Saturday, March 12, 2011

Zombies and French Kisses

I spent the entire day engrossed in books.

First, I finally finished World War Z by Max Brooks. It was not a very long book, nor was it difficult to read, but I just never had the continuous time to devote to completing the book. I think that spoiled my perception of the story.

World War Z talks about the zombie war. Max Brooks is a journalist who interviewed various survivors of the war. The book contains their personal accounts of what went on during the war in their respective towns, villages and countries from the start of the zombie invasion, through the war, and around the victory towards the end.
The zombies were described as the worst enemy possible - no emotions, no remorse, no weaknesses that could easily be used as bait to stop them. Details, no matter how disturbing, were not spared.

"All human armies need supplies, this army didn’t. No food, no ammo, no fuel, not even water to drink or air to breathe! There were no logistics lines to sever, no depots to destroy. You couldn’t just surround and starve them out, or let them 'wither on the vine.' Lock a hundred of them in a room and three years later they’ll come out just as deadly...

...You’ve heard the expression “total war”; it’s pretty common throughout human history. Every generation or so, some gasbag likes to spout about how his people have declared 'total war' against an enemy, meaning that every man, woman, and child within his nation was committing every second of their lives to victory. That is bullshit on two basic levels. First of all, no country or group is ever 100 percent committed to war; it’s just not physically possible. You can have a high percentage, so many people working so hard for so long, but all of the people, all of the time? What about the malingerers, or the conscientious objectors? What about the sick, the injured, the very old, the very young?...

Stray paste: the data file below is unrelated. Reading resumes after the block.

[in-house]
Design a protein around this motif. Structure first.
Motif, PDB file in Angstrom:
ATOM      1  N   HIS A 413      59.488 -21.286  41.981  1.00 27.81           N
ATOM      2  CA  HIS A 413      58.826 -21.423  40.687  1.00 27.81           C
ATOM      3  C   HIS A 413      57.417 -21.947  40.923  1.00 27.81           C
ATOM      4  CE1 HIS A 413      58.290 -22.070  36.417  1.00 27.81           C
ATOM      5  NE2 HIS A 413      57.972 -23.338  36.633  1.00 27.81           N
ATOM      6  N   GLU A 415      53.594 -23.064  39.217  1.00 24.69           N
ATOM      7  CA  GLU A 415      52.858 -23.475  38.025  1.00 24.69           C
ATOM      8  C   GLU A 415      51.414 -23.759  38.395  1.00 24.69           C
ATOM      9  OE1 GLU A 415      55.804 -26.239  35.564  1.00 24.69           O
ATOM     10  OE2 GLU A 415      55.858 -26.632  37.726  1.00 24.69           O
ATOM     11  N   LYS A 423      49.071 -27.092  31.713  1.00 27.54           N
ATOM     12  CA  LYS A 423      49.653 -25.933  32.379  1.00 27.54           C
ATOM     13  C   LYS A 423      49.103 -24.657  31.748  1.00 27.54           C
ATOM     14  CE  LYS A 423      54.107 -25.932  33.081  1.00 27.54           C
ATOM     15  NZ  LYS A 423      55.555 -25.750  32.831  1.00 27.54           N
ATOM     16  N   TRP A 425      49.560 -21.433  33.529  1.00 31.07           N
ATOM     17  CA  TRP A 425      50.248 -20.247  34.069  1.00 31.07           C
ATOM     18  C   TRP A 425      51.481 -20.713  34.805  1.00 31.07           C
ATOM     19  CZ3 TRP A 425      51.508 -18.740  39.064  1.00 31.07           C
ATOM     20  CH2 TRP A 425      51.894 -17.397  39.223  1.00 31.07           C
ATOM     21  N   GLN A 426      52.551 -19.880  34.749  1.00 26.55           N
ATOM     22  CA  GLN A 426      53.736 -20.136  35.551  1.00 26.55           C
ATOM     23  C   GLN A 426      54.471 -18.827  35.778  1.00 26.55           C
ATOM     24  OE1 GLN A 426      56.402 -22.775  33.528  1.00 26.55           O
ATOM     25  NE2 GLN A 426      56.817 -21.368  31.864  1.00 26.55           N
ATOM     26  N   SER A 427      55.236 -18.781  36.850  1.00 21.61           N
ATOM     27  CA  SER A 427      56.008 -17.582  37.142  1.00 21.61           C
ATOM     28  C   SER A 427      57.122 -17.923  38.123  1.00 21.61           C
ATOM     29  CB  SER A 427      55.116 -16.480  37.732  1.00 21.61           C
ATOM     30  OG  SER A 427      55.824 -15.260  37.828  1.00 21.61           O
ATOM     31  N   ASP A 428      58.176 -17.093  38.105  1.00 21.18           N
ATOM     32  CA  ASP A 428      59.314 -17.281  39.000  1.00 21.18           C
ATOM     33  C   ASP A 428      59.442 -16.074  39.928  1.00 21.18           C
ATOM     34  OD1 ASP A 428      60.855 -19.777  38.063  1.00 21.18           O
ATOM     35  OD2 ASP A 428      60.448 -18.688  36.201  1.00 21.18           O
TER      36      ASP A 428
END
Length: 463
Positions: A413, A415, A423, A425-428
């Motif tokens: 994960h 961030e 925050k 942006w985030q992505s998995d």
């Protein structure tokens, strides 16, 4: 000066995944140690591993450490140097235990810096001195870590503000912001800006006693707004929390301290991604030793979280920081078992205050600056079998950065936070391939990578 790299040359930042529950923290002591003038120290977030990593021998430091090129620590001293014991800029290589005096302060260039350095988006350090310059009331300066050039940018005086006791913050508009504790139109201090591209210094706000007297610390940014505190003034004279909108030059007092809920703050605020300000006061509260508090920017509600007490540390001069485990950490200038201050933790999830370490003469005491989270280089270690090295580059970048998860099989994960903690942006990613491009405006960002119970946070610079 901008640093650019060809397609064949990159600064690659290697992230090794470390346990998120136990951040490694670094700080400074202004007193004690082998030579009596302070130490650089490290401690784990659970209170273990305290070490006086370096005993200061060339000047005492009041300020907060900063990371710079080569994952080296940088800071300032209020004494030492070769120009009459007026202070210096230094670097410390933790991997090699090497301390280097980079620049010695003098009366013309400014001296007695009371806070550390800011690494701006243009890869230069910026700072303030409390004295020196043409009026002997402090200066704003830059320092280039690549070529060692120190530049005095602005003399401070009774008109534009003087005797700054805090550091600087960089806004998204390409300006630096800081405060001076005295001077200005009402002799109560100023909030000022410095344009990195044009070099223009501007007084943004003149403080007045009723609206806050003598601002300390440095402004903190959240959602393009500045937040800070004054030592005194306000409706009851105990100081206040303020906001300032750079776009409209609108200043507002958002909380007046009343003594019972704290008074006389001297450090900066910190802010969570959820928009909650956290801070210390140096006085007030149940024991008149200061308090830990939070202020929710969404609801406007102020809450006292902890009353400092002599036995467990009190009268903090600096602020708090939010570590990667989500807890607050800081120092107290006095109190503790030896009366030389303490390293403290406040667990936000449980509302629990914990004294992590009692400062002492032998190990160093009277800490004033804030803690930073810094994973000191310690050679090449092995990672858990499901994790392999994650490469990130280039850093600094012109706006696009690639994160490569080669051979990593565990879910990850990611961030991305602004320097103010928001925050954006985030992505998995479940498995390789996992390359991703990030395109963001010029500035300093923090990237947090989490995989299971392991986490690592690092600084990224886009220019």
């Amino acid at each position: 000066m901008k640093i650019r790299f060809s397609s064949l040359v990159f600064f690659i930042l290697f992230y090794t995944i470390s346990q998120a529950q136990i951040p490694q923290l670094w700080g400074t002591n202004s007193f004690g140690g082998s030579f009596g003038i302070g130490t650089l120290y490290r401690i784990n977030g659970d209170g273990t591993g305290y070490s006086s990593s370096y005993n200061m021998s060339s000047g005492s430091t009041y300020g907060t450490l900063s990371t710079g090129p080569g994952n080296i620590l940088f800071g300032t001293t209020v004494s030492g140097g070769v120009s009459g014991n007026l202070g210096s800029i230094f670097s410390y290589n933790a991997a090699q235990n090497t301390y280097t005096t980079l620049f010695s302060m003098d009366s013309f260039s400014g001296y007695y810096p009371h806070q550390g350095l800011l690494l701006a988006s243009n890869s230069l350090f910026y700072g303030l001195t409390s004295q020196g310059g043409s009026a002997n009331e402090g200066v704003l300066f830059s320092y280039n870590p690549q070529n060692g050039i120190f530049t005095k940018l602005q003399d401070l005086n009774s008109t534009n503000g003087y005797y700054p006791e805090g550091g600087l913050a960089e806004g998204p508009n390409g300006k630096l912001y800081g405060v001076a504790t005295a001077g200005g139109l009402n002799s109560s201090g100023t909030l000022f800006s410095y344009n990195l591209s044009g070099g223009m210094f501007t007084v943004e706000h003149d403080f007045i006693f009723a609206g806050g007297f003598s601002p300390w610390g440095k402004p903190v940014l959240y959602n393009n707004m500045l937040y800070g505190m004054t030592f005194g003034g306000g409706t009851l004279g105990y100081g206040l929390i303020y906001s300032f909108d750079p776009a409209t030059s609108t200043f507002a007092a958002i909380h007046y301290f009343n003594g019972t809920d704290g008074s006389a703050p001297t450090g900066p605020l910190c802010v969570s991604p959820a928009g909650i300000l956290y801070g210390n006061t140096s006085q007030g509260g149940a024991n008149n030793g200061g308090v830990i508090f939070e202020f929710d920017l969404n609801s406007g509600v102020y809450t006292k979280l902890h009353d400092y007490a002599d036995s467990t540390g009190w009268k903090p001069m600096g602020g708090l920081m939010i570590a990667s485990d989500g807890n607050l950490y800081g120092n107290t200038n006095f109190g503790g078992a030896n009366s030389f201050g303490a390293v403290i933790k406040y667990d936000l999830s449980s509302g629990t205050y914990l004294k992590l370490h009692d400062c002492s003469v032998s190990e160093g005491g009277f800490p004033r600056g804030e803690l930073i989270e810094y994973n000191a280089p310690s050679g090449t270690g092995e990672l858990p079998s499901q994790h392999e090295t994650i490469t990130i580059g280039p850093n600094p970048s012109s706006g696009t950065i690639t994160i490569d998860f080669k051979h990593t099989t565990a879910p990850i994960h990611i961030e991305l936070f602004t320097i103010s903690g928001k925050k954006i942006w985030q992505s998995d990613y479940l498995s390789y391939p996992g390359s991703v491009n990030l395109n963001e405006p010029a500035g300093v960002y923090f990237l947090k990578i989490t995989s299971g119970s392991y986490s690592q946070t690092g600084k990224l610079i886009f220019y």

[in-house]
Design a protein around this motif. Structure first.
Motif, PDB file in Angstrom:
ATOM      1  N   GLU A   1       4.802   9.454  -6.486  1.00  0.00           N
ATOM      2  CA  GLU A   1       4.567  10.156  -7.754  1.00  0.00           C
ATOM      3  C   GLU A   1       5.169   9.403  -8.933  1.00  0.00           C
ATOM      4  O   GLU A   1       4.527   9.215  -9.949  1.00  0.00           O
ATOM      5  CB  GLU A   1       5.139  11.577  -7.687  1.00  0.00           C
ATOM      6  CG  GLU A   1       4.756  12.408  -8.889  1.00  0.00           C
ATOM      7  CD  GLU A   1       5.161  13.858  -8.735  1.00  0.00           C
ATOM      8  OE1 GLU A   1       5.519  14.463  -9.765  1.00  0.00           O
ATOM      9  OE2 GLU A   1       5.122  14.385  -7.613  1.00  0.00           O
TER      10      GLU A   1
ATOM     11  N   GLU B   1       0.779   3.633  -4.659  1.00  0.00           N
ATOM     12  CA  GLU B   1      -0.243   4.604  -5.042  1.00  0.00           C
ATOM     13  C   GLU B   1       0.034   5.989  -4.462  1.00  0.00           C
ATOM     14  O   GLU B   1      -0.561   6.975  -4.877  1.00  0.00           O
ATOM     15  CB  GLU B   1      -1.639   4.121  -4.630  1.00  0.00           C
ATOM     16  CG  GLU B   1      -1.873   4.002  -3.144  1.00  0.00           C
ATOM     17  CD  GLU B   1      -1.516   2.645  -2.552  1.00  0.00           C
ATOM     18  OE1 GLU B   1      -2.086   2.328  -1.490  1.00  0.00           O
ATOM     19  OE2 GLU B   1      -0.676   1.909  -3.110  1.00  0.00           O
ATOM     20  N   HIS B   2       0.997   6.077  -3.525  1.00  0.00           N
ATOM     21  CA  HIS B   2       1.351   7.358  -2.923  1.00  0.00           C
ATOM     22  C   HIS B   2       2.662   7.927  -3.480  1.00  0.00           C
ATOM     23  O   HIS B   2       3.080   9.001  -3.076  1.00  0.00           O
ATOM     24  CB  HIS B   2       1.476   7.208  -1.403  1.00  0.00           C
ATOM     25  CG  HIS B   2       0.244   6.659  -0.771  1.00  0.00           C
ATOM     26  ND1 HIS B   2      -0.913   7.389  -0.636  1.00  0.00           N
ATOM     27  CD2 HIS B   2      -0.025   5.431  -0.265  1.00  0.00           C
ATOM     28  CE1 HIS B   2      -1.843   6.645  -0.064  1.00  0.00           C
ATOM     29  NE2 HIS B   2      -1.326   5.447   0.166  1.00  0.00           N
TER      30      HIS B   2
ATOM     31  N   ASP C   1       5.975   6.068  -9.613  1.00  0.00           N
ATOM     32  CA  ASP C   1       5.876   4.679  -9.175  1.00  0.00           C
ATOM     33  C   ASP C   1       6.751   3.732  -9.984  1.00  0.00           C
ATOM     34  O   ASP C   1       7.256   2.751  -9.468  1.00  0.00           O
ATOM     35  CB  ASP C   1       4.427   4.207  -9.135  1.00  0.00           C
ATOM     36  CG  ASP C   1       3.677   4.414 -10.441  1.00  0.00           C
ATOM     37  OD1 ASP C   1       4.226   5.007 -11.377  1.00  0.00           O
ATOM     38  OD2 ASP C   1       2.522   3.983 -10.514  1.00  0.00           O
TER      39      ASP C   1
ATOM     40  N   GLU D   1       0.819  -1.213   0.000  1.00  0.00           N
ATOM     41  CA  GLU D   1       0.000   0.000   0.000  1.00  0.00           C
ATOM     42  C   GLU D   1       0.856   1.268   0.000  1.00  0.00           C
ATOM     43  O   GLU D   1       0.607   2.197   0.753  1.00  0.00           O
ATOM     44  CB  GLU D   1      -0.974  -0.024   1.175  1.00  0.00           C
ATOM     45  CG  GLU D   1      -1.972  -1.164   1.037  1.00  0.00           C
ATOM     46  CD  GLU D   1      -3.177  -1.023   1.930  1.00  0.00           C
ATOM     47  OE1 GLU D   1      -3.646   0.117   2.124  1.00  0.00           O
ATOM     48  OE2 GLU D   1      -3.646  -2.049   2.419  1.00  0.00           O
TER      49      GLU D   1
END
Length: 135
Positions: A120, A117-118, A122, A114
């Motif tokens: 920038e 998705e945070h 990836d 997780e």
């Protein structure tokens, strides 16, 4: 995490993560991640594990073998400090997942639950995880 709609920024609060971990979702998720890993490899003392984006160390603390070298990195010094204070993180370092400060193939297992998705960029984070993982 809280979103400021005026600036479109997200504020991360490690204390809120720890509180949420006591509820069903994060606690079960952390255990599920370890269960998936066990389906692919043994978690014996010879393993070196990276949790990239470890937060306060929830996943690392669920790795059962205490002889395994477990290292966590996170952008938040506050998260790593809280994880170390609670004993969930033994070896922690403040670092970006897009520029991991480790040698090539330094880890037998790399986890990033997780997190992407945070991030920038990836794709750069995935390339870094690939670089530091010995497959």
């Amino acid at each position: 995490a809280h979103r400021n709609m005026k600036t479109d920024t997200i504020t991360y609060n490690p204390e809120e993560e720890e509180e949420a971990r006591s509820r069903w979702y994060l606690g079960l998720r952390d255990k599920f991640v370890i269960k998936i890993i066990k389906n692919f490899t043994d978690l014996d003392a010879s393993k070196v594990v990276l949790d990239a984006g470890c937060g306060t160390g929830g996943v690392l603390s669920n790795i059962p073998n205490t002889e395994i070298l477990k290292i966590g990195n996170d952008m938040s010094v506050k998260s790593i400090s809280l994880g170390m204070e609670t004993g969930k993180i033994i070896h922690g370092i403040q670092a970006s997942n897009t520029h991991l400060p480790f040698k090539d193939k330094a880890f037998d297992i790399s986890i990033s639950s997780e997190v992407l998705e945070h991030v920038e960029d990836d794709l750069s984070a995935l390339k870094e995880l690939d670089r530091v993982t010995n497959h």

...For the first time in history, we faced an enemy that was actively waging total war. They had no limits of endurance. They would never negotiate, never surrender. They would fight until the very end because, unlike us, every single one of them, every second of every day, was devoted to consuming all life on Earth. That’s the kind of enemy that was waiting for us beyond the Rockies. That’s the kind of war we had to fight."

I really liked how the switching of characters was so fluid that it was easy to isolate one person's story and storytelling style from another. There were desperate, selfish, ignorant, greedy, courageous, resilient and angry characters in the book. The feeling of hopelessness at the height of the invasion was almost palpable. It gave an idea of the state of human survival if anything globally catastrophic were to meet us and the situation was bleak.
I would recommend the book, but only if you have the time to dedicate towards it.

After completing that book, I got started on Anna and the French Kiss by Stephanie Perkins. This is a girl's book. I loved it. I haven't read a really nice, light story of young romance devoid of apocalyptic consequences in AGES.